• Spatial reasoning—How would a visual scene change if one changes the viewpoint or if one manipulates one of the objects in the scene? Such questions clearly obey algebraic constraints that derive from the bi-dimensional projection and from the relations between objects. Spatial reasoning does not require the full logic apparatus but certainly benefits from the definition of specific algebraic constructions (Aiello et al. 2007).

  • Non-falsifiable reasoning—History provides countless examples of reasoning systems with questionable predictive capabilities. Mythology interprets the world by applying a social reasoning systems to abstract deities. Astrology attempts to interpret social phenomena by reasoning about the motion of planets. Just like non-falsifiable statistical models, non-falsifiable reasoning systems are unlikely to have useful predictive capabilities (Popper 1959; Vapnik 1995).

There are two ways to face such a universe of reasoning systems. One approach would be to identify a single reasoning framework strictly more powerful than all others. Whether such a framework exists and whether it leads to computationally feasible algorithms is unknown. Symbolic reasoning (e.g., with first order logic) did not fulfill these hopes (Lighthill 1973). Probabilistic reasoning is more practical but considerably less expressive. The second approach is to embrace this diversity as an opportunity to better match the reasoning models to the applicative domain of interest: “when solving a given problem, try to avoid solving a more general problem as an intermediate step” (Vapnik 1995).

It is therefore desirable to map the universe of reasoning systems. What are the potential algebraic structures? What is their footprint in terms of expressive power, suitability for specific applications, computational requirements, and predictive abilities? Unfortunately we cannot expect such theoretical advances on schedule. We can, however, nourish our intuitions by empirically exploring the capabilities of algebraic structures designed for specific applicative domains.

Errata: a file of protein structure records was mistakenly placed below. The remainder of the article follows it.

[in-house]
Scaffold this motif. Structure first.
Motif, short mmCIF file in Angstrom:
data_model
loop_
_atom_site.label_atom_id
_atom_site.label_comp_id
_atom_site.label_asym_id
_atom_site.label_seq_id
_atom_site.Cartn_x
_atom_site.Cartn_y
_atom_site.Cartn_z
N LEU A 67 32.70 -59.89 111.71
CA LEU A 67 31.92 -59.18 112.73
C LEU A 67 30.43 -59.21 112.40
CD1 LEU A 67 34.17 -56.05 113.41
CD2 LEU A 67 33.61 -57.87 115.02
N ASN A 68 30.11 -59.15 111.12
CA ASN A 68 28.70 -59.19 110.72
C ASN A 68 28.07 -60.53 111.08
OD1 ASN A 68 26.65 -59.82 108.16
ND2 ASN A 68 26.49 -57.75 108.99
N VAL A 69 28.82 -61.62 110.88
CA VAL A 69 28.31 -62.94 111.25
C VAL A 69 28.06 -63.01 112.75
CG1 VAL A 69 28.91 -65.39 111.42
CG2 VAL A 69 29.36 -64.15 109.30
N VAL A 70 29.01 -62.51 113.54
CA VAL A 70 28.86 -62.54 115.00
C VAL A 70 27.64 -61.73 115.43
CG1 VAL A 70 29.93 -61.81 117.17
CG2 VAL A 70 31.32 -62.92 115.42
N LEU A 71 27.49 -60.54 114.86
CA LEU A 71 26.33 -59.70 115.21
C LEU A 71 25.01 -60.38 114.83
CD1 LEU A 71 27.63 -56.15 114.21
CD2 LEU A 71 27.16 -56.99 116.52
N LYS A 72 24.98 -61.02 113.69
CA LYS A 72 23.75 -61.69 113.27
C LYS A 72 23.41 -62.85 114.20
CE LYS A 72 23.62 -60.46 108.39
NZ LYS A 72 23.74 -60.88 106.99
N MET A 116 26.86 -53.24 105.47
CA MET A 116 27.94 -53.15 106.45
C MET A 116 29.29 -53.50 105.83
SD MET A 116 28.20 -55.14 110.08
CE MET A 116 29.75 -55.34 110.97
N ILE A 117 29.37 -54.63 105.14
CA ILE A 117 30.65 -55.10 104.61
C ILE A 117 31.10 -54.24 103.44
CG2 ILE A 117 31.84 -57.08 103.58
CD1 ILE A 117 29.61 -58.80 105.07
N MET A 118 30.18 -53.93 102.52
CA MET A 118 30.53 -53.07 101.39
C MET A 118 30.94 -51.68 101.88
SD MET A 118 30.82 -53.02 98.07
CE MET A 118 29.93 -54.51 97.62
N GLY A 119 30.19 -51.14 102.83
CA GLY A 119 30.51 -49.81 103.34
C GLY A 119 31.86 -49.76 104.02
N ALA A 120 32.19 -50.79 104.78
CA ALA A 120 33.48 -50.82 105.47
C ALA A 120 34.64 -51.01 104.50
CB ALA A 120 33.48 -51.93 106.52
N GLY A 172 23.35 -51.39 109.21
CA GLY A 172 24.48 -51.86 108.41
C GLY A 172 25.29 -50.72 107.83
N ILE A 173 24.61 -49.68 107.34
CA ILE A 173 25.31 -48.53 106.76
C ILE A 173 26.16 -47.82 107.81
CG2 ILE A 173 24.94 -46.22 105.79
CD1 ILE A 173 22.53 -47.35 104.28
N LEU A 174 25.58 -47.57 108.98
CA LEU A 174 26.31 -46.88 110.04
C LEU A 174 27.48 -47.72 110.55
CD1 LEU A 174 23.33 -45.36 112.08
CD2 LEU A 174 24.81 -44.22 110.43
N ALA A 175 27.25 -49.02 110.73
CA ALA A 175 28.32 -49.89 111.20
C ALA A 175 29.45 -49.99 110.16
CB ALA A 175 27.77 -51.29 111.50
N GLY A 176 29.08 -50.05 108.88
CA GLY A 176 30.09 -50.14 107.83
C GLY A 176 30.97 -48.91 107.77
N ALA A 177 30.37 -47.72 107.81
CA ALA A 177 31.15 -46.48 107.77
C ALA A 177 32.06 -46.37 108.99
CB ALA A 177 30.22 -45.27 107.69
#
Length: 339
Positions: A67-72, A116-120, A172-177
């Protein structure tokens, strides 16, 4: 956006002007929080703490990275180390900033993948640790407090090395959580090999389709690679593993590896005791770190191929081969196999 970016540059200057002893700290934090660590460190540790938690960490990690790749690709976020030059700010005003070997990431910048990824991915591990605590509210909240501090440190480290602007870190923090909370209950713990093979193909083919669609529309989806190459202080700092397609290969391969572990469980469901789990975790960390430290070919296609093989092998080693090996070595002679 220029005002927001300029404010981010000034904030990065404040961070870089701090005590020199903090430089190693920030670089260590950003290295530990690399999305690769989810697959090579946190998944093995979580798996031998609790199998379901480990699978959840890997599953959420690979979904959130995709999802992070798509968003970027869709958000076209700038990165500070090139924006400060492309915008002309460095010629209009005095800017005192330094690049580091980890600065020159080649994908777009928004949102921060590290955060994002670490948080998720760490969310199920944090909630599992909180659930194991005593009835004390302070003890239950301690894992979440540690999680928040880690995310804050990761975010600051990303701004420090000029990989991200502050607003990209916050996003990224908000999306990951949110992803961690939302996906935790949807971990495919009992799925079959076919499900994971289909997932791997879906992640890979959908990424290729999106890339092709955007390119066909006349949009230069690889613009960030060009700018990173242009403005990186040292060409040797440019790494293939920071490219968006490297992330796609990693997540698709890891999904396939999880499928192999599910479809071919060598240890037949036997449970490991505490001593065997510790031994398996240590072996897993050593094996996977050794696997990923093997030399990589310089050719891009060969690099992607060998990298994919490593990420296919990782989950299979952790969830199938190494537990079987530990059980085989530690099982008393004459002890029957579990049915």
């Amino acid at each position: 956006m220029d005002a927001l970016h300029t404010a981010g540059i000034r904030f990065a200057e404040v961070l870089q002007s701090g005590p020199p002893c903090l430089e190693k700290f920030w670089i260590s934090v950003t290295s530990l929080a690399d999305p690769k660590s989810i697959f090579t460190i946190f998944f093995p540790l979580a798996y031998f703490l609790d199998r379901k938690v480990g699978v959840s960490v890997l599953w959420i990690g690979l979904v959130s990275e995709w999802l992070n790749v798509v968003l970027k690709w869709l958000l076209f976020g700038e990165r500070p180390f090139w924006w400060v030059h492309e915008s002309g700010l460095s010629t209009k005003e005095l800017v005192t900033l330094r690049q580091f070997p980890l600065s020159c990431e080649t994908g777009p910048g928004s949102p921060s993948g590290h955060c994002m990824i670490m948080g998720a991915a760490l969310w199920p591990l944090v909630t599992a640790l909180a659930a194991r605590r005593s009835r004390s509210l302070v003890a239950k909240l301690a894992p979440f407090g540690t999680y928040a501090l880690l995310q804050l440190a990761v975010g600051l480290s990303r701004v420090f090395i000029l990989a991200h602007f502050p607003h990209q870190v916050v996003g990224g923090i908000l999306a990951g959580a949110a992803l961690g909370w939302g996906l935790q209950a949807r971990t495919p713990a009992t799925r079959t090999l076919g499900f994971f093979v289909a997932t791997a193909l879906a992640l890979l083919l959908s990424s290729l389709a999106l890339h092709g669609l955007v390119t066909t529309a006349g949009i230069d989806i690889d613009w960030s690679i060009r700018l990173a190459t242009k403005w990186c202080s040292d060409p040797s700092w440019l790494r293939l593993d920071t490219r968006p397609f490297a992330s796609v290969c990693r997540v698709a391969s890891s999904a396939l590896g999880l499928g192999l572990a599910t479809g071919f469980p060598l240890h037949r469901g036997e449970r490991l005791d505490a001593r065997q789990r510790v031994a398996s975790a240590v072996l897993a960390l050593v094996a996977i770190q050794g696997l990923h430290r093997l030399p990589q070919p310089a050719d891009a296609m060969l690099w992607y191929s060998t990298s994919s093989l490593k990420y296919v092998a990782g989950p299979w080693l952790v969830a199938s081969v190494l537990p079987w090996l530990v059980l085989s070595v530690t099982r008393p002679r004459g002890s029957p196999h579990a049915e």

The replication of essential human cognitive processes such as scene analysis, language understanding, and social interactions forms an important class of applications. These processes probably involve some form of reasoning because we are able, after the facts, to explain our conclusions with logical arguments. However, the actual processes usually happen without conscious involvement, suggesting that the full complexity of logic reasoning may not be required. Which algebraic reasoning primitive are suitable for such applications?

The following sections describe more specific ideas investigating reasoning systems suitable for natural language processing and vision tasks. They define trainable modules that provide the means to represent arbitrary hierarchical structures using fixed size representation vectors. Whether such vectors are the best representation for the task remains of course to be proved. The goal of this example is to show that the algebraic set of operations defined on the representation space is more important than the representation itself. The discussion includes preliminary results on natural language processing tasks and potential directions for vision tasks. Additional modules working on this space of representations are then proposed. The last section describes some conceptual and algorithmic issues associated with learning algorithms operating in this space.

Association and dissociation